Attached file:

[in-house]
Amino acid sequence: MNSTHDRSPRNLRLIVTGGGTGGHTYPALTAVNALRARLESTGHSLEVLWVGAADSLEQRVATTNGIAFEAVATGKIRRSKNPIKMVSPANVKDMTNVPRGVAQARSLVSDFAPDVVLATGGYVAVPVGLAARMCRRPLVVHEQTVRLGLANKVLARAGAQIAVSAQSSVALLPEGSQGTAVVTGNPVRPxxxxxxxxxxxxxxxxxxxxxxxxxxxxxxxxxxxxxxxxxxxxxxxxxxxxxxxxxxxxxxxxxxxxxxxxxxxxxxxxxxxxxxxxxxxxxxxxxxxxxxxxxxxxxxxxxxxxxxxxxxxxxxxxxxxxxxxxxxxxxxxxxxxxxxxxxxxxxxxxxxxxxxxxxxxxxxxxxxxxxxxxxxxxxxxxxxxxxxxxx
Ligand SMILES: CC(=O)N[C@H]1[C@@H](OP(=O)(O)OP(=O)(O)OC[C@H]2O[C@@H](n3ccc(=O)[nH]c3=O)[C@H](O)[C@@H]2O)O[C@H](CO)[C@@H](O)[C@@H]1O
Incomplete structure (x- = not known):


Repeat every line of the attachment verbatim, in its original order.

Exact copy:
[in-house]
Amino acid sequence: MNSTHDRSPRNLRLIVTGGGTGGHTYPALTAVNALRARLESTGHSLEVLWVGAADSLEQRVATTNGIAFEAVATGKIRRSKNPIKMVSPANVKDMTNVPRGVAQARSLVSDFAPDVVLATGGYVAVPVGLAARMCRRPLVVHEQTVRLGLANKVLARAGAQIAVSAQSSVALLPEGSQGTAVVTGNPVRPxxxxxxxxxxxxxxxxxxxxxxxxxxxxxxxxxxxxxxxxxxxxxxxxxxxxxxxxxxxxxxxxxxxxxxxxxxxxxxxxxxxxxxxxxxxxxxxxxxxxxxxxxxxxxxxxxxxxxxxxxxxxxxxxxxxxxxxxxxxxxxxxxxxxxxxxxxxxxxxxxxxxxxxxxxxxxxxxxxxxxxxxxxxxxxxxxxxxxxxxx
Ligand SMILES: CC(=O)N[C@H]1[C@@H](OP(=O)(O)OP(=O)(O)OC[C@H]2O[C@@H](n3ccc(=O)[nH]c3=O)[C@H](O)[C@@H]2O)O[C@H](CO)[C@@H](O)[C@@H]1O
Incomplete structure (x- = not known):